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-   -   outside fireplace not drawing (http://www.diychatroom.com/f105/outside-fireplace-not-drawing-166878/)

perkinstl 12-19-2012 10:11 AM

outside fireplace not drawing
 
Smoke pours out of the front of my new outside masonry fireplace. While the smoke does rise through the chimney, a large amout of smoke also comes out the front continuously. The firebox is approximately 72" wide at the opening, 34" high, and 38" deep. The rounded masonry ceiling rises approximately 18" to the 8-foot chimney which is comprised of 17" x 17" masonry flues that are each 2' long (a total of 4 flue pipes= 8'). The chimney is in the center of the firebox.

The fireplace is located approximately 35' from the closest point in my residence to the north. The masonry residence has 10' ceilings with a 10pitch hip-style roof. The 2 adjacent residences are approximately 50' away to the south and west.

The mason temporarily added an additional 2'-17" flue to the chimney (10' total) with no reduction from the smoke pouring out the front.

Any suggestions?

joecaption 12-19-2012 10:16 AM

http://www.askthebuilder.com/firepla...gn-dimensions/

tony.g 12-19-2012 10:27 AM

Is it possible that the flue itself is in a cold position? If so, it can take a lot longer for the flue to warm up. If the flue is relatively cool, the cool air in it tends to press down on the warmer air from the fire (because the cooler air is heavier) and prevents all the smoke going up, thus forcing it back out of the fireplace opening.
Where I am most domestic construction is masonry, and it is well-known that fireplaces/flues on external walls often don't draw well because they remain damp and cool.

perkinstl 12-19-2012 10:35 AM

Quote:

Originally Posted by tony.g (Post 1076009)
Is it possible that the flue itself is in a cold position? If so, it can take a lot longer for the flue to warm up. If the flue is relatively cool, the cool air in it tends to press down on the warmer air from the fire (because the cooler air is heavier) and prevents all the smoke going up, thus forcing it back out of the fireplace opening.
Where I am most domestic construction is masonry, and it is well-known that fireplaces/flues on external walls often don't draw well because they remain damp and cool.

Thanks for your response. The new fireplace has not been used for any extended period.. so perhaps the flue did not had sufficient time to 'warm-up.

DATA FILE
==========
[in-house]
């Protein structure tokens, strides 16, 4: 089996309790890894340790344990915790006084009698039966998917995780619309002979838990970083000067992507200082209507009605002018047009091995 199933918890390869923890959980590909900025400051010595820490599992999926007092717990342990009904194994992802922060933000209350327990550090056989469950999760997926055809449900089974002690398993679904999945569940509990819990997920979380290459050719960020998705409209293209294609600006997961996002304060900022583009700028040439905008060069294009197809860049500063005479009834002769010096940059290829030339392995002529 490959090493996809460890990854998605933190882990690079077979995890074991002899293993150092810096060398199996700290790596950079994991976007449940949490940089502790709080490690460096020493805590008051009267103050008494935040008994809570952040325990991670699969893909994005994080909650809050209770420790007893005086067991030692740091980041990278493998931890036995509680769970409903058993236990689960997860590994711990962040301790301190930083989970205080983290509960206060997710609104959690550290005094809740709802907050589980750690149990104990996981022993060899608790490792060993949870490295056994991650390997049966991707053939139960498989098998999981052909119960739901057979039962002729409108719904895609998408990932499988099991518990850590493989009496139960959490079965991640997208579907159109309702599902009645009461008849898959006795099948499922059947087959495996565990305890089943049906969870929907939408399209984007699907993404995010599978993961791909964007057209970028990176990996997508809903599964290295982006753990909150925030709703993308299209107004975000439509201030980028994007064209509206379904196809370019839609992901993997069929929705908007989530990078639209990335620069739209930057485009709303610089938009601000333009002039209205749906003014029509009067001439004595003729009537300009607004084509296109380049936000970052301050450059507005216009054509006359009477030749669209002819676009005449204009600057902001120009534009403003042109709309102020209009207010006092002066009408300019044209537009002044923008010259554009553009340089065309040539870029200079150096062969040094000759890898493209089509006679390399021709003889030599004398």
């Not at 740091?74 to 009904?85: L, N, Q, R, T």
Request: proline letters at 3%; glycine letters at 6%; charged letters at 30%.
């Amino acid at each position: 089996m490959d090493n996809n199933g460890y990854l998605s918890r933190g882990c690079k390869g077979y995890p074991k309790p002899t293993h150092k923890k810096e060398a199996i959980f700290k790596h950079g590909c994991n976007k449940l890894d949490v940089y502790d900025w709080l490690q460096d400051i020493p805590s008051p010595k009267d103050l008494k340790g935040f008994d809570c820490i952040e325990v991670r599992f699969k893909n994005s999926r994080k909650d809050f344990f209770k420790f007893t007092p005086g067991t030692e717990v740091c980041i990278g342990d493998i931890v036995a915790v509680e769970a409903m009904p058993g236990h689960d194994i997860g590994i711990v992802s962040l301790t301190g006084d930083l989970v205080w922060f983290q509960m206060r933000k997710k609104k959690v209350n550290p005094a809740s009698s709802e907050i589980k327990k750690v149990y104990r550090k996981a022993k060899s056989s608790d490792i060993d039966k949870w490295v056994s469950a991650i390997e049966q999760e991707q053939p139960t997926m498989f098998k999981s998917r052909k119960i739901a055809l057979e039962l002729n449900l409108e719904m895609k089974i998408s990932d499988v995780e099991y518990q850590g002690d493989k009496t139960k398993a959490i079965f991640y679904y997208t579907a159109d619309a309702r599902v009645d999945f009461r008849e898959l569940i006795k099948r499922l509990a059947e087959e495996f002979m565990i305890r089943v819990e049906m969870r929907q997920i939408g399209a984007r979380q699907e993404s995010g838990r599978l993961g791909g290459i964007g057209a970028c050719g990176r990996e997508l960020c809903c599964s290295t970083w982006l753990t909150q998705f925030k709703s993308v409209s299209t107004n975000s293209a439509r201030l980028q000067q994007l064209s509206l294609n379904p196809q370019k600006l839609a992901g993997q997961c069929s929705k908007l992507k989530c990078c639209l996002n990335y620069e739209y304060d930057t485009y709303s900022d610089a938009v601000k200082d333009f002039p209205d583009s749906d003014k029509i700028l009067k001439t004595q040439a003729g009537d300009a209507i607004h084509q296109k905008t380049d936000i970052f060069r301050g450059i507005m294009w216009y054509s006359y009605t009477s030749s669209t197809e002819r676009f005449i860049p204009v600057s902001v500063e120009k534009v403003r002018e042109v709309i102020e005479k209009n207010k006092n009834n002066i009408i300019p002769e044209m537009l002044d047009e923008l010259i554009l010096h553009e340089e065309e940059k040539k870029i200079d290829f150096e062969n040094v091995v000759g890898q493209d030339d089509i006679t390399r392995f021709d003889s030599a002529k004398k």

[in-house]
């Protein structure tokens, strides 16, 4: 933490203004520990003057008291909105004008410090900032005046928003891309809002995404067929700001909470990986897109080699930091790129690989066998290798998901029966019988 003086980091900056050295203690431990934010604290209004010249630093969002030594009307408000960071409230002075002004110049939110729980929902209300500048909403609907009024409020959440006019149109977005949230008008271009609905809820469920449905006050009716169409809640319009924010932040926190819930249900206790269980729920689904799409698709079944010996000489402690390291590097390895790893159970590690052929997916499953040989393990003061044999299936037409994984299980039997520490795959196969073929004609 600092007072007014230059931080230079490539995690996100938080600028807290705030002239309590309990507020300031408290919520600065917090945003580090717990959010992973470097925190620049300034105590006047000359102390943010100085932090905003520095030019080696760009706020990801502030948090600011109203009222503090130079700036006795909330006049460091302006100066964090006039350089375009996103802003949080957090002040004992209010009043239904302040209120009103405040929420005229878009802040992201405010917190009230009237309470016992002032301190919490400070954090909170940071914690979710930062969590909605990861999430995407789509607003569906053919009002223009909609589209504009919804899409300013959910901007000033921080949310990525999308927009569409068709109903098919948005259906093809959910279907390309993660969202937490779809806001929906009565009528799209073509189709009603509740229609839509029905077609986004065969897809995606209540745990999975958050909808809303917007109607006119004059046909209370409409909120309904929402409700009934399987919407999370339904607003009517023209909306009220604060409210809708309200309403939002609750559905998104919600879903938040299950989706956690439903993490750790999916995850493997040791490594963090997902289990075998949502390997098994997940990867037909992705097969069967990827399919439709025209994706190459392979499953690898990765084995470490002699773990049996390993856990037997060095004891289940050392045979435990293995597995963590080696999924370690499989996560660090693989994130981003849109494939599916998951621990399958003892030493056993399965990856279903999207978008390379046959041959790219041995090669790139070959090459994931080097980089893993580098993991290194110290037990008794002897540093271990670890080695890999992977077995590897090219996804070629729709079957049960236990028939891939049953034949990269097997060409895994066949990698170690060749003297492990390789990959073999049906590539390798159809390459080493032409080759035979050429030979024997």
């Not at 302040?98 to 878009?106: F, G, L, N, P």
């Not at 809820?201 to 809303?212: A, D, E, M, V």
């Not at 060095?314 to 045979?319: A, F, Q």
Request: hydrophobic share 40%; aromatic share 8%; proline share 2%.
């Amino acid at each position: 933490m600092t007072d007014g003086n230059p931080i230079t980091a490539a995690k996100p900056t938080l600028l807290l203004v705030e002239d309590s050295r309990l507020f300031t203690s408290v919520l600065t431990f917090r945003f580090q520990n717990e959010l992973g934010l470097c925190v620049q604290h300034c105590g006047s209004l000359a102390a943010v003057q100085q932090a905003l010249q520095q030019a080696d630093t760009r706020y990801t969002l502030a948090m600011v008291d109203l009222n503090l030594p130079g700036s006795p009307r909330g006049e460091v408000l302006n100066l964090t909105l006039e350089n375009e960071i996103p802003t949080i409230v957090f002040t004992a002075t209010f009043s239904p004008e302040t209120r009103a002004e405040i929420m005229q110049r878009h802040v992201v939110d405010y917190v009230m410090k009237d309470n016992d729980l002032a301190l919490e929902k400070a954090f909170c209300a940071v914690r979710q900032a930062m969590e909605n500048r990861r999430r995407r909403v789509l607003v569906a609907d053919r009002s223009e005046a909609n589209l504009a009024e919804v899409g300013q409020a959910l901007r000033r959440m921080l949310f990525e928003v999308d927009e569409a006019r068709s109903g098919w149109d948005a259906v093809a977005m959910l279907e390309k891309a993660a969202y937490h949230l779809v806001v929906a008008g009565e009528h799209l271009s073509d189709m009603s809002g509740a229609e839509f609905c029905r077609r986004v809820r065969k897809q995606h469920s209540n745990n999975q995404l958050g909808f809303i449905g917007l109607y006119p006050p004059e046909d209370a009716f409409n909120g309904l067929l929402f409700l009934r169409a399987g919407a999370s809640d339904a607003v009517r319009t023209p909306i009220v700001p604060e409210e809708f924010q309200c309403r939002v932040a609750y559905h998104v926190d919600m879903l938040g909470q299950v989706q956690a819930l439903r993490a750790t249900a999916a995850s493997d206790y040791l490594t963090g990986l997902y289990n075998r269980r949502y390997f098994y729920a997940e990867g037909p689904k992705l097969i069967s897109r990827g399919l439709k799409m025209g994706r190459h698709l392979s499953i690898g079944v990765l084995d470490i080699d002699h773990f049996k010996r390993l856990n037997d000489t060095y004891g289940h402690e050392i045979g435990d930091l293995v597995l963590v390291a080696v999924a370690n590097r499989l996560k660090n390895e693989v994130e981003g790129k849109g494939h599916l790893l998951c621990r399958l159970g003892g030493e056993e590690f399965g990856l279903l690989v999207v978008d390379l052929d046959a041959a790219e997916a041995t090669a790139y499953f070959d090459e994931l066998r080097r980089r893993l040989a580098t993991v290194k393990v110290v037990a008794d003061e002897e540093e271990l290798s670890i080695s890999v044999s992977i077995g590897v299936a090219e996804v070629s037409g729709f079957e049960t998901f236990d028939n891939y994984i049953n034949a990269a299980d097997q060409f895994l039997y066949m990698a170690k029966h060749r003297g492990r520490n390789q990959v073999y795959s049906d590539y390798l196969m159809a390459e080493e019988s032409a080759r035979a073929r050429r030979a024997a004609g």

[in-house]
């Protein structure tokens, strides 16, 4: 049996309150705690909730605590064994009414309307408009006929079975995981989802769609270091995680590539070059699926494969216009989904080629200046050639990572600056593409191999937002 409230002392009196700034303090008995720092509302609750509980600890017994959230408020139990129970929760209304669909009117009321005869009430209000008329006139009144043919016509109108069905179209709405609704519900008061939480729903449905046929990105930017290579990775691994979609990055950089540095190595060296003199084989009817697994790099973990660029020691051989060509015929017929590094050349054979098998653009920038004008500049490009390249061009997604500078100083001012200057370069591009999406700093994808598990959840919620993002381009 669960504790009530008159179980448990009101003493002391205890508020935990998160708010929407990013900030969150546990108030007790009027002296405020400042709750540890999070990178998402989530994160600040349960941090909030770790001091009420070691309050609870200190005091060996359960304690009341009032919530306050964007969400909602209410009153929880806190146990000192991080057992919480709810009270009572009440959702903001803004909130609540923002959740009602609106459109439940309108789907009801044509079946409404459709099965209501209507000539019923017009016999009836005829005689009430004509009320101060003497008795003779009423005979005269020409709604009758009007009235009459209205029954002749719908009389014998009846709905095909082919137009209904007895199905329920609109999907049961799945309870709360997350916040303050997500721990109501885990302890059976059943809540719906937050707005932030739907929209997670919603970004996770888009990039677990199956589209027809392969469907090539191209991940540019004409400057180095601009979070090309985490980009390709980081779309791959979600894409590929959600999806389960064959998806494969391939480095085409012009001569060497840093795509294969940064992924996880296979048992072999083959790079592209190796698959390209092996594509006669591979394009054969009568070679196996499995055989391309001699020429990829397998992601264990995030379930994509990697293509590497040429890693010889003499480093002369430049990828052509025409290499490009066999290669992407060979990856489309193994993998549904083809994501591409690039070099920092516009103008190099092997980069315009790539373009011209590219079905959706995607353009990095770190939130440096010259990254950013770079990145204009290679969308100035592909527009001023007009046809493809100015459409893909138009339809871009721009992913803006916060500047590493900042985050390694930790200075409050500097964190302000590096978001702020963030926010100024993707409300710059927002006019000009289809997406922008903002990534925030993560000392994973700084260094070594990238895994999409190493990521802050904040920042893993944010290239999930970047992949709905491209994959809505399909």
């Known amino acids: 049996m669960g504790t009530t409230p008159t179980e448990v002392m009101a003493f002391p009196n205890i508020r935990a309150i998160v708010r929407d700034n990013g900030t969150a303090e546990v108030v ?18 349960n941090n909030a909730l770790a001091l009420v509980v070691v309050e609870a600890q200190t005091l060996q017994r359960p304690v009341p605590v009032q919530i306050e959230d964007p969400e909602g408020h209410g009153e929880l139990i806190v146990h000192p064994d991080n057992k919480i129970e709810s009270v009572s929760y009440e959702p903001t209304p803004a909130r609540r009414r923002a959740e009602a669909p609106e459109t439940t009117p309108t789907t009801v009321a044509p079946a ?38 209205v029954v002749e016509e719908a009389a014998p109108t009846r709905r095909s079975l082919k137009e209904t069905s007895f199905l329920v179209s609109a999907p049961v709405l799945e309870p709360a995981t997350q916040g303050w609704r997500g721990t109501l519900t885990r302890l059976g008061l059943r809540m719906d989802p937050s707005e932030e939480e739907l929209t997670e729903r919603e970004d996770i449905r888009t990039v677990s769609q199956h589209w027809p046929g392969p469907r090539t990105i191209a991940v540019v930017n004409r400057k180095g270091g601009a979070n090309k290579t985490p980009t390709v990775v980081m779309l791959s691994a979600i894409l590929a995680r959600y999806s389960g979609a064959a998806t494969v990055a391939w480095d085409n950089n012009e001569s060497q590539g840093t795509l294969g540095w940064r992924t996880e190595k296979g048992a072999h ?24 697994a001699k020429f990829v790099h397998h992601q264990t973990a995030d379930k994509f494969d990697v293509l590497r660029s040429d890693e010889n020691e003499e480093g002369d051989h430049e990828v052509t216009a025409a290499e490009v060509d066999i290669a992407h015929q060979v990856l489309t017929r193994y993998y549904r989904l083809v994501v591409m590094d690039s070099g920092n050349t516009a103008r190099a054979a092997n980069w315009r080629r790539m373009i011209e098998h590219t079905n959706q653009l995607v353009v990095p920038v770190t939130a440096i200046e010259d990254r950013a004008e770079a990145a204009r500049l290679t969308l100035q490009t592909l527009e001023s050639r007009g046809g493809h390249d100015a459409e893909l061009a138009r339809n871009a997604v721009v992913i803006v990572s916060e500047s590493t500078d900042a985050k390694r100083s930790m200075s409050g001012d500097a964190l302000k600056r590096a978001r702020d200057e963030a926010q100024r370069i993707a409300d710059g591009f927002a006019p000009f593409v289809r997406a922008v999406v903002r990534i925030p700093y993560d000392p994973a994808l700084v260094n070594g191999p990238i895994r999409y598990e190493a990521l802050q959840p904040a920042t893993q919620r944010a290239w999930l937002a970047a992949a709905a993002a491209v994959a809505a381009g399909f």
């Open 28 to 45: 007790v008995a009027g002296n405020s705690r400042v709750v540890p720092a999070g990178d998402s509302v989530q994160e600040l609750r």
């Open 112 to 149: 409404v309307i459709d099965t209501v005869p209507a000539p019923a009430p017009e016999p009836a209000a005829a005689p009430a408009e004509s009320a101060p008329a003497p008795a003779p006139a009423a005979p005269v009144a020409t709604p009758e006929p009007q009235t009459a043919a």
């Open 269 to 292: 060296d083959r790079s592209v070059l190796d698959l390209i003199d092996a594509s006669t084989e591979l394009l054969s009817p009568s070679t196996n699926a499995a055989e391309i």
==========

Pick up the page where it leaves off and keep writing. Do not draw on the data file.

Tscarborough 12-20-2012 07:30 PM

A 17x17 flue is not large enough. In general, the flue needs to be at least 10% of the opening, and that is with a "normal" stack of 15+ feet and not exposed to wind.

72"x34"=2448 SqIn, a 17x17 square flue has an interior working surface area of approximately 177 SqIn (for square flues, you consider it round and use that dimension, which for a square flue is the outside dimension, the thickness of a 17" flue is around an inch, so 3.14159(7.5 squared)=177).

Not much you can do at this point, other than increase the height of the stack and build a small warming fire to heat the flue before you build a normal fire. Personally, I would put gas logs in it and call it good, because without a bigger flue it will always smoke.

perkinstl 12-21-2012 07:37 AM

Thank you .

tony.g 12-21-2012 11:50 AM

Quote:

Originally Posted by perkinstl (Post 1076011)
Thanks for your response. The new fireplace has not been used for any extended period.. so perhaps the flue did not had sufficient time to 'warm-up.

Also remember that if it is new, the masonry will still contain a lot of water. This will take time to dry out and, in the meantime, will tend to keep the chimney cool.

itsreallyconc 12-22-2012 06:26 AM

howzabout mounting an exhaust fan on top to suck out the smoke ? :whistling2:

jomama45 12-22-2012 10:14 AM

How about a picture or two, the FP opening seems like an odd profile size......You could probably try choking the opening off (width-wise) first to see if that helps, because as Tscar noted, the flues are too small for that big of an opening..........


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